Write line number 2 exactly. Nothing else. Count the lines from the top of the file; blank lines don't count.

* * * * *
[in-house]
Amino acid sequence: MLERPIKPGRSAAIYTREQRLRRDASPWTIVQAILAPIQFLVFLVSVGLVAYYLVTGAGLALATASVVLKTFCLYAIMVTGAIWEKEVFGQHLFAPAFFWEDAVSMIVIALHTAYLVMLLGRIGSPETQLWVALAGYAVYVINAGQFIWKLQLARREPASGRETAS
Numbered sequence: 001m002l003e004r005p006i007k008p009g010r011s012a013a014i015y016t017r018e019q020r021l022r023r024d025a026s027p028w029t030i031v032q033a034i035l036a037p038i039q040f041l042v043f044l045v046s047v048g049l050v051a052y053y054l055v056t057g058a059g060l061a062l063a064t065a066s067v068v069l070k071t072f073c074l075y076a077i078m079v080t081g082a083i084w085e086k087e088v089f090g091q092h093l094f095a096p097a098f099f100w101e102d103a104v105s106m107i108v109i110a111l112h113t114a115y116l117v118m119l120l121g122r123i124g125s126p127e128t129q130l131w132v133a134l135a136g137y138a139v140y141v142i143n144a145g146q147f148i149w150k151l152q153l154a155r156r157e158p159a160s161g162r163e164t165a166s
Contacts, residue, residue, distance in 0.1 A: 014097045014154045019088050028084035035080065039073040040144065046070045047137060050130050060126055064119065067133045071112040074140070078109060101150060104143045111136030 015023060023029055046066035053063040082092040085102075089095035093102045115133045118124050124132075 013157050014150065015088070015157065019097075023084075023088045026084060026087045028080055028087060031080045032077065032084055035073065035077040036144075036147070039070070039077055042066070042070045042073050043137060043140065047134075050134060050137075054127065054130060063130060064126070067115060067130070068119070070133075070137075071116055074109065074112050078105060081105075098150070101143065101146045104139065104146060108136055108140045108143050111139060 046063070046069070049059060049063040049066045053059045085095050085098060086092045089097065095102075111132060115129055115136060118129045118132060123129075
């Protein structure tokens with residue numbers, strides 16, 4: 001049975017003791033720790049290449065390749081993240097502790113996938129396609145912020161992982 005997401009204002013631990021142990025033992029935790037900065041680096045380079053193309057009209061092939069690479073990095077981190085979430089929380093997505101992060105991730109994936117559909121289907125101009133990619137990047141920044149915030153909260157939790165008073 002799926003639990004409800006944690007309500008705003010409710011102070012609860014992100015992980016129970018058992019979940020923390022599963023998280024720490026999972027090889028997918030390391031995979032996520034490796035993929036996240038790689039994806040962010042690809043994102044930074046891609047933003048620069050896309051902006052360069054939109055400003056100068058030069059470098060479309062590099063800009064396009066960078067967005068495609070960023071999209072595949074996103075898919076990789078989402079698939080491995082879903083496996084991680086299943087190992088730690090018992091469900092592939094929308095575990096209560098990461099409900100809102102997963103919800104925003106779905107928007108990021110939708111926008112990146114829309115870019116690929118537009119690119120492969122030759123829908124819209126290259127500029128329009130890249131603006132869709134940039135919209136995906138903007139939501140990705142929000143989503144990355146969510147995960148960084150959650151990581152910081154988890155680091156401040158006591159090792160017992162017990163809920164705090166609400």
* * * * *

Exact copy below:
Amino acid sequence: MLERPIKPGRSAAIYTREQRLRRDASPWTIVQAILAPIQFLVFLVSVGLVAYYLVTGAGLALATASVVLKTFCLYAIMVTGAIWEKEVFGQHLFAPAFFWEDAVSMIVIALHTAYLVMLLGRIGSPETQLWVALAGYAVYVINAGQFIWKLQLARREPASGRETAS